A unidirectional imager would only permit image formation along one direction, from an input field-of-view (FOV) A to an output FOV B, and in the reverse path, the image formation would be blocked. Here, we report the first demonstration of unidirectional imagers, presenting polarization-insensitive and broadband unidirectional imaging based on successive diffractive layers that are linear and isotropic. These diffractive layers are optimized using deep learning and consist of hundreds of thousands of diffractive phase features, which collectively modulate the incoming fields and project an intensity image of the input onto an output FOV, while blocking the image formation in the reverse direction. After their deep learning-based training, the resulting diffractive layers are fabricated to form a unidirectional imager. As a reciprocal device, the diffractive unidirectional imager has asymmetric mode processing capabilities in the forward and backward directions, where the optical modes from B to A are selectively guided/scattered to miss the output FOV, whereas for the forward direction such modal losses are minimized, yielding an ideal imaging system between the input and output FOVs. Although trained using monochromatic illumination, the diffractive unidirectional imager maintains its functionality over a large spectral band and works under broadband illumination. We experimentally validated this unidirectional imager using terahertz radiation, very well matching our numerical results. Using the same deep learning-based design strategy, we also created a wavelength-selective unidirectional imager, where two unidirectional imaging operations, in reverse directions, are multiplexed through different illumination wavelengths. Diffractive unidirectional imaging using structured materials will have numerous applications in e.g., security, defense, telecommunications and privacy protection.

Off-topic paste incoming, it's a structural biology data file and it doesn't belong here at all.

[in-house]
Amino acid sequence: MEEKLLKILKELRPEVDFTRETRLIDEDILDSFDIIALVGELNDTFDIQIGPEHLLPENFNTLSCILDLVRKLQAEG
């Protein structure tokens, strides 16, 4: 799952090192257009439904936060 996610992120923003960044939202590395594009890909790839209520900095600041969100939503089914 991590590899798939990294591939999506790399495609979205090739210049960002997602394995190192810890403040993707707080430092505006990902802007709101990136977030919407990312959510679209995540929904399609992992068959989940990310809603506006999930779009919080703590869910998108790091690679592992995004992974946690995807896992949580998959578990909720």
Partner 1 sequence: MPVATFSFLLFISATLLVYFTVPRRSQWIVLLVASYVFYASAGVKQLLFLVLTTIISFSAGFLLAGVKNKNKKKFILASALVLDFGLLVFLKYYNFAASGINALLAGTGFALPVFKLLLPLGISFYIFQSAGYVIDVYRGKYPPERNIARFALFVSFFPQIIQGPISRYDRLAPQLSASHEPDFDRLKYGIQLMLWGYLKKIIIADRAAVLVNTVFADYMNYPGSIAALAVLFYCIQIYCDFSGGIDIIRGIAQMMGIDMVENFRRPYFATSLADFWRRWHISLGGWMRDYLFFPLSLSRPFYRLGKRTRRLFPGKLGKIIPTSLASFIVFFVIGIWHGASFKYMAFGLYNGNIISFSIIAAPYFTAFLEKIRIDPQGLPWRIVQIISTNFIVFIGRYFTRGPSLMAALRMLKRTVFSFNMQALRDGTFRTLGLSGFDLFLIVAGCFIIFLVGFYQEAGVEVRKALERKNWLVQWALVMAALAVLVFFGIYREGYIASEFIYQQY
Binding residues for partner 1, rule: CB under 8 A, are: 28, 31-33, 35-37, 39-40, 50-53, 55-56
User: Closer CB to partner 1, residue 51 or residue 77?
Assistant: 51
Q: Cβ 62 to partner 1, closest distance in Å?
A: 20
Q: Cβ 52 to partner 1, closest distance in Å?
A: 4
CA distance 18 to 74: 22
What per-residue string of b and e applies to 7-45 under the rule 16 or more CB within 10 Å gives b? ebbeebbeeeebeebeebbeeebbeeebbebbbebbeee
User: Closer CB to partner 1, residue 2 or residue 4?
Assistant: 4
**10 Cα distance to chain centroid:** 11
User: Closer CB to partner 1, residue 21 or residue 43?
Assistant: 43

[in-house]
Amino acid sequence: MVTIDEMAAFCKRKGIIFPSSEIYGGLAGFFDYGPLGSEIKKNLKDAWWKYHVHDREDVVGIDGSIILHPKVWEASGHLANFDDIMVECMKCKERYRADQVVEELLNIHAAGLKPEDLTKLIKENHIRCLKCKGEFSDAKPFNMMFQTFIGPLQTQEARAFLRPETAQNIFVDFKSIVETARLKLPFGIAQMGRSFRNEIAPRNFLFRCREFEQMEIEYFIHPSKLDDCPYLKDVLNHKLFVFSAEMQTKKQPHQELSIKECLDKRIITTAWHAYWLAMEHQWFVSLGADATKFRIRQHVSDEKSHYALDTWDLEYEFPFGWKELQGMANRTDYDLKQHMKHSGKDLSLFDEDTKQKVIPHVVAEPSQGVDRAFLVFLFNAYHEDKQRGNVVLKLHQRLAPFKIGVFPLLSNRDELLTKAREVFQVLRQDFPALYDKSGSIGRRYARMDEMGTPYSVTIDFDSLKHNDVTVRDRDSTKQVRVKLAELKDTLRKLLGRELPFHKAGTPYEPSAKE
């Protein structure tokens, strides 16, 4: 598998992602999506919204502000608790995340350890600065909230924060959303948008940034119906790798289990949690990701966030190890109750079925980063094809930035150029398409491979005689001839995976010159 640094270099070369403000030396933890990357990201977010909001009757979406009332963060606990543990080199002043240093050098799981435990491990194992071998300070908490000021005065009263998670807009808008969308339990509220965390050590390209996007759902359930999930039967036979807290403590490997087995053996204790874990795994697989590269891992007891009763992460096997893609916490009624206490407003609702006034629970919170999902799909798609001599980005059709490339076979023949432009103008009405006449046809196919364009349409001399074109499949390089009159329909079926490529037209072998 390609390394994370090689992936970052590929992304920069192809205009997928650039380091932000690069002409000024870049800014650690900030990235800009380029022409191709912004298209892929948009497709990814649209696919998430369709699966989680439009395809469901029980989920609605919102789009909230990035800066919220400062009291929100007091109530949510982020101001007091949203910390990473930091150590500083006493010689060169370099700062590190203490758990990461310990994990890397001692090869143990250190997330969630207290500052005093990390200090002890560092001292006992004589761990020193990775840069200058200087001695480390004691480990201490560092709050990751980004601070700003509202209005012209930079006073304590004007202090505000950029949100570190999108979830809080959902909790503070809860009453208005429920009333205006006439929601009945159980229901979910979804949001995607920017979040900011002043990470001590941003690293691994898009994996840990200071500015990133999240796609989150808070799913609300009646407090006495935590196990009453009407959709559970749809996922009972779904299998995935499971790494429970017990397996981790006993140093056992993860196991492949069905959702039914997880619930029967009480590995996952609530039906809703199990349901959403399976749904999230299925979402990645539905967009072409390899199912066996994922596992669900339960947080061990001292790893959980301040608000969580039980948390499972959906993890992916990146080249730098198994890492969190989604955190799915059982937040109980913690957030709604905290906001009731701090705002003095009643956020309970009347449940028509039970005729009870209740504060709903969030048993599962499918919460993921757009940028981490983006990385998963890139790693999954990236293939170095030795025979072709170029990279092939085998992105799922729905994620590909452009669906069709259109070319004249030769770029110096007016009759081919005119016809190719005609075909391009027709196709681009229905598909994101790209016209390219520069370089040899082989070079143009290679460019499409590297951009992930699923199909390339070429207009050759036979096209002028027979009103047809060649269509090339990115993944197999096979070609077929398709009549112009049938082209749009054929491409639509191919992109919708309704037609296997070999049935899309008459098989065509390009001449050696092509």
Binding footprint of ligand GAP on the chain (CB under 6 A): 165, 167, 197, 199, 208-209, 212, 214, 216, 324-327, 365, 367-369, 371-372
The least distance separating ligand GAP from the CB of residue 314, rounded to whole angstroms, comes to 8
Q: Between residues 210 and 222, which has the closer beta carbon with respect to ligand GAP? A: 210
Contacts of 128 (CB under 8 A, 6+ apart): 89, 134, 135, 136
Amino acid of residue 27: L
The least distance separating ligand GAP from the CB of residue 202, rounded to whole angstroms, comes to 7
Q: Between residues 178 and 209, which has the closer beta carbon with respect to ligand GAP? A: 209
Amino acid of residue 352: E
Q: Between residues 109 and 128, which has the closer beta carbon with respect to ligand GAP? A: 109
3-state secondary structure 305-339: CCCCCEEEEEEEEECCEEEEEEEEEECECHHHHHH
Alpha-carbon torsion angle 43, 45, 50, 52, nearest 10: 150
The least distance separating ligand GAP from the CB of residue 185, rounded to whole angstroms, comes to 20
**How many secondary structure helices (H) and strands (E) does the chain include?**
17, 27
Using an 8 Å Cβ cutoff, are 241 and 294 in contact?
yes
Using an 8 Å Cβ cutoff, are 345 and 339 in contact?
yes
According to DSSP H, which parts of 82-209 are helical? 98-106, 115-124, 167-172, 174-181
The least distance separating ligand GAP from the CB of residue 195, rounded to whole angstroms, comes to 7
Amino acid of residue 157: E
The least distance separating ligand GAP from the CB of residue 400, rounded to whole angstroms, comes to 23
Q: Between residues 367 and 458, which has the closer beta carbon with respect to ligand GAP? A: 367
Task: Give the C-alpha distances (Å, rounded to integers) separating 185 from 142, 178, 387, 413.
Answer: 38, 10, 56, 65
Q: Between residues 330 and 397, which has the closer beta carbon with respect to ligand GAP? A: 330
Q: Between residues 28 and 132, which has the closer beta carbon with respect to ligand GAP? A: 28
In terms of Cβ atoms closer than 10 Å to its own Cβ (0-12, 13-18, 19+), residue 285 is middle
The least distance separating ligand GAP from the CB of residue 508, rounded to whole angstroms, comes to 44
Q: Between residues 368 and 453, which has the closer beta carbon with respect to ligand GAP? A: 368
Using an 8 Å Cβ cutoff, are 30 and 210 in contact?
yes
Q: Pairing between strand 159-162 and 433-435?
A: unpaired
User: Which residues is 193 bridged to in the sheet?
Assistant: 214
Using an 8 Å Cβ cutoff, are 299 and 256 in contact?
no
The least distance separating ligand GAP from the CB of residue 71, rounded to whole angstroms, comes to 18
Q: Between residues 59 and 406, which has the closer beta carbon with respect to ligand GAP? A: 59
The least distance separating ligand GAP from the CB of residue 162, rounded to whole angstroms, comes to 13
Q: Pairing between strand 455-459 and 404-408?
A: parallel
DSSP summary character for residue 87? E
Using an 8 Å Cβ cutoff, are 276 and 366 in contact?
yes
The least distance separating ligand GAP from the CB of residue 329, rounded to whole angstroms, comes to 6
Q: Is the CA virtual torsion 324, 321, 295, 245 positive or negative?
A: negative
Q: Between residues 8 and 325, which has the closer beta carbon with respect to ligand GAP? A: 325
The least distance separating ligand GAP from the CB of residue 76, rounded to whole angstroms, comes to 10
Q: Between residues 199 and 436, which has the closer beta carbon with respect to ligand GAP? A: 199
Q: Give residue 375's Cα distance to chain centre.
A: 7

translated by 谷歌翻译